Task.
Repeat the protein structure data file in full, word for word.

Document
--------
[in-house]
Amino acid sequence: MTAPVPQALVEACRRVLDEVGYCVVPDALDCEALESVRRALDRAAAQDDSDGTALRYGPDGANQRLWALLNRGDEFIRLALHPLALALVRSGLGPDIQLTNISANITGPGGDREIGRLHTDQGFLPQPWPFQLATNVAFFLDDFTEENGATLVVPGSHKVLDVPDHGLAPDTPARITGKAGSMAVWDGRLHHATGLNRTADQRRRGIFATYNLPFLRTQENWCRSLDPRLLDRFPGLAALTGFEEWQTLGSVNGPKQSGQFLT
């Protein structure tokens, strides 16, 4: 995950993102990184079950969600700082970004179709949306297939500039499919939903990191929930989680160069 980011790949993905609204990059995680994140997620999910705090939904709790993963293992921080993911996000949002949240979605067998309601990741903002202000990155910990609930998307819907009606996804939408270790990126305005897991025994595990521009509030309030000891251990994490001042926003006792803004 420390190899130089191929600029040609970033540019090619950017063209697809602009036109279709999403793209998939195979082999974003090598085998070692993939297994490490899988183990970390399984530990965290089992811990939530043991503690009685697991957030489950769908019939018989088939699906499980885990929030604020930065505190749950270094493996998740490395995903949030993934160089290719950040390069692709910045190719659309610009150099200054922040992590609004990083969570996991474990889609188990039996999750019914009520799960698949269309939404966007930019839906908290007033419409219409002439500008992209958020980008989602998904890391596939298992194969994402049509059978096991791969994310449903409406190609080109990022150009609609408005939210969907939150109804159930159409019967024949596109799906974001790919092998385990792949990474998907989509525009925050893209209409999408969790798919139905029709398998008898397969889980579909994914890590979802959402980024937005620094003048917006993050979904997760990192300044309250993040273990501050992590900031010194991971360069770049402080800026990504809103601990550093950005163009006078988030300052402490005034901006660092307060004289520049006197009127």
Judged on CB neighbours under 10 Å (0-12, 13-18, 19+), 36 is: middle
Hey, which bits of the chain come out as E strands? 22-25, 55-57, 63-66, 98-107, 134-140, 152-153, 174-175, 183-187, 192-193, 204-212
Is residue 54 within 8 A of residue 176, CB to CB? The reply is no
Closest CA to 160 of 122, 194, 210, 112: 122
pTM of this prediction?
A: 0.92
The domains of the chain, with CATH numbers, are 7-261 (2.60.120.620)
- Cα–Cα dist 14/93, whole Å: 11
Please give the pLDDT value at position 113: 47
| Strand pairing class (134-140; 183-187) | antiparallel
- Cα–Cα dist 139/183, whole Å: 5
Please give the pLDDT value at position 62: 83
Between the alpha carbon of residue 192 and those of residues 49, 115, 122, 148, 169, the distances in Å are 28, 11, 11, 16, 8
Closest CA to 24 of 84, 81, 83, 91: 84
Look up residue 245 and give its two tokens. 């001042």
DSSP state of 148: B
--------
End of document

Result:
[in-house]
Amino acid sequence: MTAPVPQALVEACRRVLDEVGYCVVPDALDCEALESVRRALDRAAAQDDSDGTALRYGPDGANQRLWALLNRGDEFIRLALHPLALALVRSGLGPDIQLTNISANITGPGGDREIGRLHTDQGFLPQPWPFQLATNVAFFLDDFTEENGATLVVPGSHKVLDVPDHGLAPDTPARITGKAGSMAVWDGRLHHATGLNRTADQRRRGIFATYNLPFLRTQENWCRSLDPRLLDRFPGLAALTGFEEWQTLGSVNGPKQSGQFLT
């Protein structure tokens, strides 16, 4: 995950993102990184079950969600700082970004179709949306297939500039499919939903990191929930989680160069 980011790949993905609204990059995680994140997620999910705090939904709790993963293992921080993911996000949002949240979605067998309601990741903002202000990155910990609930998307819907009606996804939408270790990126305005897991025994595990521009509030309030000891251990994490001042926003006792803004 420390190899130089191929600029040609970033540019090619950017063209697809602009036109279709999403793209998939195979082999974003090598085998070692993939297994490490899988183990970390399984530990965290089992811990939530043991503690009685697991957030489950769908019939018989088939699906499980885990929030604020930065505190749950270094493996998740490395995903949030993934160089290719950040390069692709910045190719659309610009150099200054922040992590609004990083969570996991474990889609188990039996999750019914009520799960698949269309939404966007930019839906908290007033419409219409002439500008992209958020980008989602998904890391596939298992194969994402049509059978096991791969994310449903409406190609080109990022150009609609408005939210969907939150109804159930159409019967024949596109799906974001790919092998385990792949990474998907989509525009925050893209209409999408969790798919139905029709398998008898397969889980579909994914890590979802959402980024937005620094003048917006993050979904997760990192300044309250993040273990501050992590900031010194991971360069770049402080800026990504809103601990550093950005163009006078988030300052402490005034901006660092307060004289520049006197009127």
Judged on CB neighbours under 10 Å (0-12, 13-18, 19+), 36 is: middle
Hey, which bits of the chain come out as E strands? 22-25, 55-57, 63-66, 98-107, 134-140, 152-153, 174-175, 183-187, 192-193, 204-212
Is residue 54 within 8 A of residue 176, CB to CB? The reply is no
Closest CA to 160 of 122, 194, 210, 112: 122
pTM of this prediction?
A: 0.92
The domains of the chain, with CATH numbers, are 7-261 (2.60.120.620)
- Cα–Cα dist 14/93, whole Å: 11
Please give the pLDDT value at position 113: 47
| Strand pairing class (134-140; 183-187) | antiparallel
- Cα–Cα dist 139/183, whole Å: 5
Please give the pLDDT value at position 62: 83
Between the alpha carbon of residue 192 and those of residues 49, 115, 122, 148, 169, the distances in Å are 28, 11, 11, 16, 8
Closest CA to 24 of 84, 81, 83, 91: 84
Look up residue 245 and give its two tokens. 């001042």
DSSP state of 148: B